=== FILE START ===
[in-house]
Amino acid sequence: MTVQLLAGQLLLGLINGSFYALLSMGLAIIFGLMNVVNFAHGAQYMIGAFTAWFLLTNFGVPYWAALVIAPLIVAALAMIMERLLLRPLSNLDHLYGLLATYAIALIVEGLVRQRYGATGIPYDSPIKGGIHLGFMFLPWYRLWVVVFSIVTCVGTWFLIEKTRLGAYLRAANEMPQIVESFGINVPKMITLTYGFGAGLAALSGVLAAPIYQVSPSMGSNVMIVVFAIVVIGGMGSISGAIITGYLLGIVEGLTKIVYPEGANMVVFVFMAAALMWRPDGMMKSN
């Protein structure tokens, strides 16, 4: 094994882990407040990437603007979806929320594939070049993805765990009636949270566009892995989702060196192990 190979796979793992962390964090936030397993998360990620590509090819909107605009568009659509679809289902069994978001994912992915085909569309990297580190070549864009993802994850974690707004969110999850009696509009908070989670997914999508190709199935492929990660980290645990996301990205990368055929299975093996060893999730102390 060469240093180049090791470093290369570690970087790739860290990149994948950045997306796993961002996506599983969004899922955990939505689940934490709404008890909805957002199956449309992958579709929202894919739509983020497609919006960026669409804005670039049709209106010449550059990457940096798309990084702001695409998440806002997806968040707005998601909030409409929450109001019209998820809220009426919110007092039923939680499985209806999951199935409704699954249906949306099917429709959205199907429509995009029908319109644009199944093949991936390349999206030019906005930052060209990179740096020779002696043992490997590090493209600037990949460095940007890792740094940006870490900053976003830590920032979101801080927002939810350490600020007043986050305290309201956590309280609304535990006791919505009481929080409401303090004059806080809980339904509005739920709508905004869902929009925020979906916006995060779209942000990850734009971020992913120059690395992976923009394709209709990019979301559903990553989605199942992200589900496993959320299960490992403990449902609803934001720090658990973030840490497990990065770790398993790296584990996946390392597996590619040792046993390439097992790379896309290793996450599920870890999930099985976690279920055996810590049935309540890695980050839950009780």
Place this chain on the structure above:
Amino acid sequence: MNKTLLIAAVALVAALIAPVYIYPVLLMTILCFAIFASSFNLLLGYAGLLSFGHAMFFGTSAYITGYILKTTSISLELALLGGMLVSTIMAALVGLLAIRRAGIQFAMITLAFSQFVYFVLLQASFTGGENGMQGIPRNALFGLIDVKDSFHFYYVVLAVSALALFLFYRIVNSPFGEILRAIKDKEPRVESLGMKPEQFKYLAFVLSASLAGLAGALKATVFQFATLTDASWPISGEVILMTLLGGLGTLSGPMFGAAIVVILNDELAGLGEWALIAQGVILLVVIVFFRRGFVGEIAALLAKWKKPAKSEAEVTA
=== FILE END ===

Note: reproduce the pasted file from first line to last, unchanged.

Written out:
[in-house]
Amino acid sequence: MTVQLLAGQLLLGLINGSFYALLSMGLAIIFGLMNVVNFAHGAQYMIGAFTAWFLLTNFGVPYWAALVIAPLIVAALAMIMERLLLRPLSNLDHLYGLLATYAIALIVEGLVRQRYGATGIPYDSPIKGGIHLGFMFLPWYRLWVVVFSIVTCVGTWFLIEKTRLGAYLRAANEMPQIVESFGINVPKMITLTYGFGAGLAALSGVLAAPIYQVSPSMGSNVMIVVFAIVVIGGMGSISGAIITGYLLGIVEGLTKIVYPEGANMVVFVFMAAALMWRPDGMMKSN
């Protein structure tokens, strides 16, 4: 094994882990407040990437603007979806929320594939070049993805765990009636949270566009892995989702060196192990 190979796979793992962390964090936030397993998360990620590509090819909107605009568009659509679809289902069994978001994912992915085909569309990297580190070549864009993802994850974690707004969110999850009696509009908070989670997914999508190709199935492929990660980290645990996301990205990368055929299975093996060893999730102390 060469240093180049090791470093290369570690970087790739860290990149994948950045997306796993961002996506599983969004899922955990939505689940934490709404008890909805957002199956449309992958579709929202894919739509983020497609919006960026669409804005670039049709209106010449550059990457940096798309990084702001695409998440806002997806968040707005998601909030409409929450109001019209998820809220009426919110007092039923939680499985209806999951199935409704699954249906949306099917429709959205199907429509995009029908319109644009199944093949991936390349999206030019906005930052060209990179740096020779002696043992490997590090493209600037990949460095940007890792740094940006870490900053976003830590920032979101801080927002939810350490600020007043986050305290309201956590309280609304535990006791919505009481929080409401303090004059806080809980339904509005739920709508905004869902929009925020979906916006995060779209942000990850734009971020992913120059690395992976923009394709209709990019979301559903990553989605199942992200589900496993959320299960490992403990449902609803934001720090658990973030840490497990990065770790398993790296584990996946390392597996590619040792046993390439097992790379896309290793996450599920870890999930099985976690279920055996810590049935309540890695980050839950009780």
Place this chain on the structure above:
Amino acid sequence: MNKTLLIAAVALVAALIAPVYIYPVLLMTILCFAIFASSFNLLLGYAGLLSFGHAMFFGTSAYITGYILKTTSISLELALLGGMLVSTIMAALVGLLAIRRAGIQFAMITLAFSQFVYFVLLQASFTGGENGMQGIPRNALFGLIDVKDSFHFYYVVLAVSALALFLFYRIVNSPFGEILRAIKDKEPRVESLGMKPEQFKYLAFVLSASLAGLAGALKATVFQFATLTDASWPISGEVILMTLLGGLGTLSGPMFGAAIVVILNDELAGLGEWALIAQGVILLVVIVFFRRGFVGEIAALLAKWKKPAKSEAEVTA